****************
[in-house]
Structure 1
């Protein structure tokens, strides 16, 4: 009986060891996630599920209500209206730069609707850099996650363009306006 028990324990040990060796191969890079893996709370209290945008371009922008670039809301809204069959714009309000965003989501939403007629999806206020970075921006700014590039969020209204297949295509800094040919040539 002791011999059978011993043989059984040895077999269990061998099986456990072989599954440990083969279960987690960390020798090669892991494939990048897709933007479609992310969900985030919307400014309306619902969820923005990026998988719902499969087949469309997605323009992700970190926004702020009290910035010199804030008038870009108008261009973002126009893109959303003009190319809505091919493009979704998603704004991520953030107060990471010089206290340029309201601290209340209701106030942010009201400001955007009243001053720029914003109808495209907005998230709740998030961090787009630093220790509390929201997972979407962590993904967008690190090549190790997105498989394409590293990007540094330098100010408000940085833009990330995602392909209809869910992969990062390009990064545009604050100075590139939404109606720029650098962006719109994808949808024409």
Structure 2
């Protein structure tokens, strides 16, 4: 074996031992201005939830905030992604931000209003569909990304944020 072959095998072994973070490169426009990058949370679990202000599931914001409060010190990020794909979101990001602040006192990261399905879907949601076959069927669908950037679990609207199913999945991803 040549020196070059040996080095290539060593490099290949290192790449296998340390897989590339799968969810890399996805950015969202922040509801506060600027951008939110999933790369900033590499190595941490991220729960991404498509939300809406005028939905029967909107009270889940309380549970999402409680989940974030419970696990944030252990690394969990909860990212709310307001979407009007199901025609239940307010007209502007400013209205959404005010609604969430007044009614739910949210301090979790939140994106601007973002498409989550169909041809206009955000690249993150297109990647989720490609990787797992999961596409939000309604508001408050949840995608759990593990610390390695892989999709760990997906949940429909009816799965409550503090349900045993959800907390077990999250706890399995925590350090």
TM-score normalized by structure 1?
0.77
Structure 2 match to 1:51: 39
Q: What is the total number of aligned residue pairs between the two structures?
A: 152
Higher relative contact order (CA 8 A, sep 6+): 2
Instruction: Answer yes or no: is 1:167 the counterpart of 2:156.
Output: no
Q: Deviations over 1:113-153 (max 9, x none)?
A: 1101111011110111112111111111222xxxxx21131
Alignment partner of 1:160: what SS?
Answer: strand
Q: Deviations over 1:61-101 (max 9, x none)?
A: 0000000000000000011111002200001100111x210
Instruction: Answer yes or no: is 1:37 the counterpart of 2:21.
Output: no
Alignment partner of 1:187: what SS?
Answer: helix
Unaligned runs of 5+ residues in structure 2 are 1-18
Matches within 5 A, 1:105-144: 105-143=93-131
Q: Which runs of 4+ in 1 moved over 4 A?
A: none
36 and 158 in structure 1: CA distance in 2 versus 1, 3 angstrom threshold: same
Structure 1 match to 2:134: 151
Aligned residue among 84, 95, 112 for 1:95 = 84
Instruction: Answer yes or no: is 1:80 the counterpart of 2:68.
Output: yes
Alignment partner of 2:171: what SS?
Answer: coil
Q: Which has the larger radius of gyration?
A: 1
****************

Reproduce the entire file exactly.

[in-house]
Structure 1
């Protein structure tokens, strides 16, 4: 009986060891996630599920209500209206730069609707850099996650363009306006 028990324990040990060796191969890079893996709370209290945008371009922008670039809301809204069959714009309000965003989501939403007629999806206020970075921006700014590039969020209204297949295509800094040919040539 002791011999059978011993043989059984040895077999269990061998099986456990072989599954440990083969279960987690960390020798090669892991494939990048897709933007479609992310969900985030919307400014309306619902969820923005990026998988719902499969087949469309997605323009992700970190926004702020009290910035010199804030008038870009108008261009973002126009893109959303003009190319809505091919493009979704998603704004991520953030107060990471010089206290340029309201601290209340209701106030942010009201400001955007009243001053720029914003109808495209907005998230709740998030961090787009630093220790509390929201997972979407962590993904967008690190090549190790997105498989394409590293990007540094330098100010408000940085833009990330995602392909209809869910992969990062390009990064545009604050100075590139939404109606720029650098962006719109994808949808024409």
Structure 2
């Protein structure tokens, strides 16, 4: 074996031992201005939830905030992604931000209003569909990304944020 072959095998072994973070490169426009990058949370679990202000599931914001409060010190990020794909979101990001602040006192990261399905879907949601076959069927669908950037679990609207199913999945991803 040549020196070059040996080095290539060593490099290949290192790449296998340390897989590339799968969810890399996805950015969202922040509801506060600027951008939110999933790369900033590499190595941490991220729960991404498509939300809406005028939905029967909107009270889940309380549970999402409680989940974030419970696990944030252990690394969990909860990212709310307001979407009007199901025609239940307010007209502007400013209205959404005010609604969430007044009614739910949210301090979790939140994106601007973002498409989550169909041809206009955000690249993150297109990647989720490609990787797992999961596409939000309604508001408050949840995608759990593990610390390695892989999709760990997906949940429909009816799965409550503090349900045993959800907390077990999250706890399995925590350090």
TM-score normalized by structure 1?
0.77
Structure 2 match to 1:51: 39
Q: What is the total number of aligned residue pairs between the two structures?
A: 152
Higher relative contact order (CA 8 A, sep 6+): 2
Instruction: Answer yes or no: is 1:167 the counterpart of 2:156.
Output: no
Q: Deviations over 1:113-153 (max 9, x none)?
A: 1101111011110111112111111111222xxxxx21131
Alignment partner of 1:160: what SS?
Answer: strand
Q: Deviations over 1:61-101 (max 9, x none)?
A: 0000000000000000011111002200001100111x210
Instruction: Answer yes or no: is 1:37 the counterpart of 2:21.
Output: no
Alignment partner of 1:187: what SS?
Answer: helix
Unaligned runs of 5+ residues in structure 2 are 1-18
Matches within 5 A, 1:105-144: 105-143=93-131
Q: Which runs of 4+ in 1 moved over 4 A?
A: none
36 and 158 in structure 1: CA distance in 2 versus 1, 3 angstrom threshold: same
Structure 1 match to 2:134: 151
Aligned residue among 84, 95, 112 for 1:95 = 84
Instruction: Answer yes or no: is 1:80 the counterpart of 2:68.
Output: yes
Alignment partner of 2:171: what SS?
Answer: coil
Q: Which has the larger radius of gyration?
A: 1